But as I was listening to this fascinating story, I couldn't help wondering why only the brightest students in poor communities were candidates for scholarships.

The fund says it promotes access to education as a fundamental human right. But apparently that right hinges on intellect -- which many would argue is something a person is born with.

If the fund aims to focus on those who are disadvantaged, why does it only recognize and reward the most exceptional, the students who are most advantaged academically to begin with?

Such a thought would never have entered my mind before I had a son with an intellectual disability. The brightest students 'deserve' to be rewarded with scholarships, I would have thought. But now I wonder how much of being smart is genetic and 'gifted' to someone at birth? Is it true that the most brilliant students are the ones who work the hardest, and have somehow 'earned' their intelligence?

I wonder about the Kenyan students who struggle to learn, despite best efforts?

What about those who have intellectual disabilities? I haven't seen the movie, but I imagine they aren't educated in the same classes as the ones vying for scholarships.

When the scholarship students return to their communities to "lift them up" -- will it just be elite students who benefit? At what point will access to good education be for every Kenyan and every Canadian -- regardless of IQ?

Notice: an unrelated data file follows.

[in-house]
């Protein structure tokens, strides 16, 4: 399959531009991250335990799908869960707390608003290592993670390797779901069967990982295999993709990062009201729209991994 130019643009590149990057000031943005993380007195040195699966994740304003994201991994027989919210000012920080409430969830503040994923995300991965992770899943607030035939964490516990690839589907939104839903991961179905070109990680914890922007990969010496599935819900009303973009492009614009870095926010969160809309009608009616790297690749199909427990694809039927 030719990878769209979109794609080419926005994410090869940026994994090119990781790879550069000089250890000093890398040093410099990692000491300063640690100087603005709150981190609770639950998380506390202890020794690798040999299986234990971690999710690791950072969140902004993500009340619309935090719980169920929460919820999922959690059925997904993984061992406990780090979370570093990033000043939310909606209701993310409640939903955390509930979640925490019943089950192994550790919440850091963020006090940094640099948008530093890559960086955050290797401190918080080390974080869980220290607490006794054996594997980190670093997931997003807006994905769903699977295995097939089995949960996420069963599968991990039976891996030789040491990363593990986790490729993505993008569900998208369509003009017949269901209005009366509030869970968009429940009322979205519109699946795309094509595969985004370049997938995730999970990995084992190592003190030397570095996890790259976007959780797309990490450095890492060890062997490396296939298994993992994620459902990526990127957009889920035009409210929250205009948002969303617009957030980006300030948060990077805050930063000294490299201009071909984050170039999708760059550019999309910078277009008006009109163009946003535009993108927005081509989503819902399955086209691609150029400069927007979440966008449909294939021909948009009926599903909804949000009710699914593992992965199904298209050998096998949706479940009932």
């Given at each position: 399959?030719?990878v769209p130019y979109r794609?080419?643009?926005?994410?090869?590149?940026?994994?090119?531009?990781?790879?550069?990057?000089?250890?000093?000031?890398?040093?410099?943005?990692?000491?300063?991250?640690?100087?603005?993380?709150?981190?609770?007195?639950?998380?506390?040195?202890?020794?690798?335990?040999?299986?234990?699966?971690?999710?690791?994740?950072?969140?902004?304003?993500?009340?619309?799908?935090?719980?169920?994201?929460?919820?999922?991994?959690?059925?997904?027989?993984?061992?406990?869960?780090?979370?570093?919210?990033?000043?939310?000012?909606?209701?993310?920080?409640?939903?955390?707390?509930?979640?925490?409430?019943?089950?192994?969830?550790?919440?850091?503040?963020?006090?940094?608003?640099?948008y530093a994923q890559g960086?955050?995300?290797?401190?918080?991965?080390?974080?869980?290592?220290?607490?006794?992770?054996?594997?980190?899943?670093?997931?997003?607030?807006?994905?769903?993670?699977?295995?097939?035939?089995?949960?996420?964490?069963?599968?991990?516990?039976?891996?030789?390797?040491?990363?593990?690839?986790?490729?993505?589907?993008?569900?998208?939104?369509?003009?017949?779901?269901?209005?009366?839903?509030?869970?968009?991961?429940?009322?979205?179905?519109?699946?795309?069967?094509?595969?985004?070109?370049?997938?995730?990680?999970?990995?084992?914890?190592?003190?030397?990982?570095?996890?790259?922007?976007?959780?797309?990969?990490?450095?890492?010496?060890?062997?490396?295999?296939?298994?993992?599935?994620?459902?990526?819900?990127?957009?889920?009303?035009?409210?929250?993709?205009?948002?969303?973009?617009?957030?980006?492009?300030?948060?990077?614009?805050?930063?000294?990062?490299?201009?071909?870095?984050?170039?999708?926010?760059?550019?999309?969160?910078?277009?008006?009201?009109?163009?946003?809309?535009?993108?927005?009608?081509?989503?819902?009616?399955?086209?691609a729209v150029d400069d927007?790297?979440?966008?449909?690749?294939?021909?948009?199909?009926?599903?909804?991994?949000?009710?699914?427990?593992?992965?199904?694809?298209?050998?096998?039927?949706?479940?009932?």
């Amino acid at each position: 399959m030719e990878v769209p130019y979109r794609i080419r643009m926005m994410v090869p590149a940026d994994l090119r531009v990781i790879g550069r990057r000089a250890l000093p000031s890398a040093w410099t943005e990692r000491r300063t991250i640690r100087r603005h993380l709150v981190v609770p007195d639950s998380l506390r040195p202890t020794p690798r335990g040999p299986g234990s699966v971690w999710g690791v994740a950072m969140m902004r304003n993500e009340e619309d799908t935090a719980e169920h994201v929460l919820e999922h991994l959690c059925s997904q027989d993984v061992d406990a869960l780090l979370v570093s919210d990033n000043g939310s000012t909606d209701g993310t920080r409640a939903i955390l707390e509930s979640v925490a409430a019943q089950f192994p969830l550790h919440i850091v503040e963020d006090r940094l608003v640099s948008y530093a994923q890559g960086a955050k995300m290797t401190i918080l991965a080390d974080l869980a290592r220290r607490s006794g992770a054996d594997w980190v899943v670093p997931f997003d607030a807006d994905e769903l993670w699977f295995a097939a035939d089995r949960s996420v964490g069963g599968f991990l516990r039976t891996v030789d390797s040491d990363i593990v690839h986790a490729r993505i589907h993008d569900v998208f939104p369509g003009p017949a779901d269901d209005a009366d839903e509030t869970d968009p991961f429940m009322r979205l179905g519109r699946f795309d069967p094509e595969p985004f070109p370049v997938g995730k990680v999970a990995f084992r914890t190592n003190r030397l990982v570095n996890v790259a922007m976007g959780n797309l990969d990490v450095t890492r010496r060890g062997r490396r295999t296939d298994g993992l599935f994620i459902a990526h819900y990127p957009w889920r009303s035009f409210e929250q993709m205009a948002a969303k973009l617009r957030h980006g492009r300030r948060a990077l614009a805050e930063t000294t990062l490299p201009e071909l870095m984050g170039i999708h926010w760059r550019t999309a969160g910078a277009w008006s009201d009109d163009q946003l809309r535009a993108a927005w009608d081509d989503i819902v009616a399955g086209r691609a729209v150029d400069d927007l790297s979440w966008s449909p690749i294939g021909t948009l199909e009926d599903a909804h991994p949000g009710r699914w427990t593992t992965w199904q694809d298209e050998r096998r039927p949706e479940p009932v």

Remembering Her

A year ago today, I lost my grandmother.
Her life was beautiful.
I want to share with you the post I wrote the day she met with Jesus.

I Wish You Would Have Met Her

I watch intently as my grandma sits on her vanity bench, carefully applying her makeup. She puckers up as she puts her lipstick on and it makes me giggle. With one hand she gently touches up her hair while she bats her eyes at the mirror. She is beautiful, and I am mesmerized by her. She looks at me and asks if I want some blush for my cheeks. I nod and cuddle close to her while she applies the pink color to my face. I smile and gaze into her hazel eyes.

My grandma and I sing together in the car. We have our own special and favorite songs. She is the only one that never criticizes my singing. I feel so free, so accomplished. I love our car rides together.